Standoff grinds on between Uber, Taiwan

The San Francisco company said in a blog post that its service will be “paused” from February 10, and that it hoped it could “reset the conversation”.
The island’s law makers passed a resolution a year ago that targets Uber and illegal passenger transportation services transportation companies by raising the maximum fine up to T$25 million ($780,000) from between NT$50,000 and NT$150,000, which Uber says are the highest in the world. Its food delivery service, UberEATS, was also fined NT$180 million ($5.8 million) for breaching transport and safety regulations. Uber has paid T$68.25 million to date, the ministry said.”We have not made this decision lightly, as we know it will have a significant impact on hundreds of thousands of drivers and riders”, Uber said in a statement that criticized the Taiwan government for failing to embrace innovation.It is understandable that the transportation ministry must enforce the new amendment to the Highway Act that took effect January 6, increasing the fines on Uber and its drivers, the company said.The announcement came after Taiwan’s government slapped Uber with 48 fines amounting to 1.1 billion Taiwanese dollars (around $34million) since January 6, when an amendment to the Highway Act came into effect.Uber announced yesterday it is halting operations in Taiwan, saying it is at an “impasse” with authorities who deem the ride-hailing app illegal.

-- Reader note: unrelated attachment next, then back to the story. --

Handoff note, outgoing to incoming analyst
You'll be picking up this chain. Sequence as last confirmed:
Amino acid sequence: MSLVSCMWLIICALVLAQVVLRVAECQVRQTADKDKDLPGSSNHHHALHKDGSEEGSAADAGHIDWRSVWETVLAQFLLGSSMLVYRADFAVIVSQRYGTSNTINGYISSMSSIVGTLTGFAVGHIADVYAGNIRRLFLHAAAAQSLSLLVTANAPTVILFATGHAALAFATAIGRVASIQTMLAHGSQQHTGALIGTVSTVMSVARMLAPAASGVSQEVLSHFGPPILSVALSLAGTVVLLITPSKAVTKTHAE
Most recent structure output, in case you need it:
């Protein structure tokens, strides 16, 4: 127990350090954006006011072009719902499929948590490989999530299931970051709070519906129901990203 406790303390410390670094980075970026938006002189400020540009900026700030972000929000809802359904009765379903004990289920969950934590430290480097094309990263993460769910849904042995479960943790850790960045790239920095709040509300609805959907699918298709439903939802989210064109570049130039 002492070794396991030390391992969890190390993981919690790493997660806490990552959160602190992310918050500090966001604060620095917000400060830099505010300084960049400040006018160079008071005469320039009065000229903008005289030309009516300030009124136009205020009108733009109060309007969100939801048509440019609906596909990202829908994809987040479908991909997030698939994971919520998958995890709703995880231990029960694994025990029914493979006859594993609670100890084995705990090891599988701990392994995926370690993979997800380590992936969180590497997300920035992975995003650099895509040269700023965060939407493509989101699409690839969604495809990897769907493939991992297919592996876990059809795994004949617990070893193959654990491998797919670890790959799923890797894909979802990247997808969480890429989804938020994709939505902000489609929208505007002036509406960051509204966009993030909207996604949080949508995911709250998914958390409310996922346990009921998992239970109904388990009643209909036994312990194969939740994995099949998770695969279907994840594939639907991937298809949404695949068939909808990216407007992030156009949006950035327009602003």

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The taxi service based on technologies have experienced resistance from various parts of the world.The Transport Ministry yesterday said it was preparing to charge the firm NT$230 million in penalties and would issue an order to halt operations.Uber said it is not a transport company like taxi companies, and that it is simply a platform connecting drivers and passengers.However, KMT lawmaker Hsu Yu-jen (許毓仁) said in a Facebook post that imposing heavy fines on Uber did not help to solve the problem or make the transportation industry better.Hu said if Uber is not regulated as a transportation company, it can be regulated as a transportation service provider and collaborate with local taxi companies.In Japan, which bars non-professional drivers from offering taxi services, it was blocked by authorities from setting up in two cities while it also faced opposition from established taxi operators.